The Peugeot 308 Review
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Quick Facts
Model spec: Peugeot 308 Active Price: £16,145.00 Engine: 1.2 e-THP, 3-Cyl, Petrol
BHP / Torque: 110 / 154 Max Speed: 117 CO2: 105g/km 0-62mph: 11.1 seconds
Economy/Range: 44mpg combined Tax: £20/year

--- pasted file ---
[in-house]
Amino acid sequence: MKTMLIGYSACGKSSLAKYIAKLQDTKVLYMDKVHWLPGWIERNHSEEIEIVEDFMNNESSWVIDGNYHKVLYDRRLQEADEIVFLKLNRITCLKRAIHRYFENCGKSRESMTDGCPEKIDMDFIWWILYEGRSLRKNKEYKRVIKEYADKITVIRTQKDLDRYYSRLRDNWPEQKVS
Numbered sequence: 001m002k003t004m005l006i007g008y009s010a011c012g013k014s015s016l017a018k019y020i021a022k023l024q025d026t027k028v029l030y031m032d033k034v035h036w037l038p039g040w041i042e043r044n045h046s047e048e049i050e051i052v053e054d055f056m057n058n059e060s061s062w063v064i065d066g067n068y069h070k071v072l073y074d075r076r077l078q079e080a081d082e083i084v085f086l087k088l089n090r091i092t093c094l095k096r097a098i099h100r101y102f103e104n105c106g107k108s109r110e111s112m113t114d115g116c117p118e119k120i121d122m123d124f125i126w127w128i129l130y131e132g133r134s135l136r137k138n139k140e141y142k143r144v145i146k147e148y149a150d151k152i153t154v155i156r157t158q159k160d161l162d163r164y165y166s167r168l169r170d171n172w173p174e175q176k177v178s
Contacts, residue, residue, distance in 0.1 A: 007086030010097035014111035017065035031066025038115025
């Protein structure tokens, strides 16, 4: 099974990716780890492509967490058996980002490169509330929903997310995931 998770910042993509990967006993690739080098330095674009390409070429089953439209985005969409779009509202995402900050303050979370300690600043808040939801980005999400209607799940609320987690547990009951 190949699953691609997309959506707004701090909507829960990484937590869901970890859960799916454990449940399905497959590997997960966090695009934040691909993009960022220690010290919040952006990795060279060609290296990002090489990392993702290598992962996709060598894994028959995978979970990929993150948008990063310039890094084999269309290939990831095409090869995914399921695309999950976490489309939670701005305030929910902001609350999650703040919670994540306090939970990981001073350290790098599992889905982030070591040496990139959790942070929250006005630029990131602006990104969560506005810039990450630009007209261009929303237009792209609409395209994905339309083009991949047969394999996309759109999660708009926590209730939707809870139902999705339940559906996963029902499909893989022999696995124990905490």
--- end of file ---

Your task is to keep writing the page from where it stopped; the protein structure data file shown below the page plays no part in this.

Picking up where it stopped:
So here we are, the all new Peugeot 308, when you go face to face and fend off the Mercedes S Class, Tesla Model S and BMW i3 EV to win the European car of the year award for 2014 then Peugeot must be doing something right. But as the post award hysteria fades and the trophies gather dust a truer picture usually emerges. The all new 308, is just that, from the ground up and not just a recycled refresh. OK so it shares the same platform as the C4 Picasso, but from the outside its all about Peugeot’s new style, some say its bland we say it’s very neat, very tidy, understated. On the inside the interior is simply laid out, dominated by a 7 inch touchscreen interface which houses all primary and secondary functions from the heater settings to audio controls, although a single rotating dial remains for quick access. This is the iPad car for the iPhone generation. The interior is all very nicely put together and stylishly designed, again understated, almost Germanic in order and logic. Upfront it’s a mix of soft touch surfaces, flashes of piano black trim and one or two areas of hard plastic and aluminium trim. It all combines to give a more refined experience for this class of car, more so than the last generation. I like it more than the VW Golf. Rear seat passengers are treated to acceptable levels of comfort though anyone at 6ft plus will experience the downsides of being unnecessarily tall in a compact hatch. And then there is the practicality, boot space is what it is, effective in that the rear seats fold flat which enlarges the standard 470 litre’s of boot space into 1,309 litre’s which is bigger than the previous generation because of the revised and better packaged cooling system which allowed for that increase in space. The 308 has also shed some weight, that new platform is 140kg lighter despite using higher grade steel. Peugeot have improved the overall build quality and this can be seen in the exterior panel gaps which have been reduced, even the light clusters now fit more flush into the body work. And all this has impacted the refinement, meaning that its improved, on the move there is less wind and tyre noise. European politician’s want the car industry to reduce C02 emissions, Peugeot’s answer is a backward trend and adoption of a new era of three cylinder turbocharged petrol engines ranging from 1.2-litre and 1.6-litre powerplants. The 1.2 litre, three cylinder turbo petrol has the same power output as the 4-cylinder unit it replaces. Diesel power units range from the 1.6-litre eHDi and 2.0-litre Blue-HDi which come in four power derivatives and emission’s ratings. If you are thinking a 1.2 litre, 3 cylinder engine is still not powerful enough to meet the demands of the modern motorist then think again. The new 1.2-litre three pot engine certainly is lively enough to carry the basic weight of the 308 with unfussed ease. Then there is that typical raspy, three cylinder engine note when accelerating hard. Its much more ebullient than the 1.6, 4 pot ever was. There is slight lag at low revs, for example, when accelerating away from a junction/crossing the bite point seems to die just when you need it most, but this is over come with excess revs. Then there is the ride, its probably the most  complete ride in Peugeot’s entire model line up, including the 508. A typical Peugeot ride’s on the err of indifference, excellent and pliant on smooth roads but not sure footed over rough road surfaces. The 308 exhibits none of those old traits, Peugeot have changed the 308’s suspension details, softer spring rates, and torsion bars at the rear. It all adds up to a very mature ride which is now more consistent with higher levels of grip, its compliant over rough and smooth surfaces and the suspension soaks up bumps like an executive car although there is a slight floaty aftertaste. However the handling agility has been reduced there is a bit more body roll thorough the corners and the use of fuel efficient technologies such as electronic steering have yet to be fully calibrated to match the naturalness of hydraulic powered steering. The 308’s steering feels a bit too sharp on low speed turn in and when you really throw it into corners the front grips assertively while the rear steps out with a trailing lateral “jiggle”. Fuel economy is impressive, at sixth gear cruising speed around 70-75 mph the 308 rests just below 2,500 revs which is the golden zone for those fuel saving warriors, 44mpg isn’t bad going for a petrol powered car of this size. The 308 comes with a familiar range of trims, from the entry level Access to the top spec GT versions, prices range from £14k up to 25k. Equipment levels are good throughout the range, and the new generation of lower emission engines mean lowered taxes and BIK rates, if that’s your priority. Every car is going to have a slight flaw whether it be subjective or objective, but overall the 308 is probably the most complete car Peugeot have ever made.  Peugeot-308-2014-Review-A
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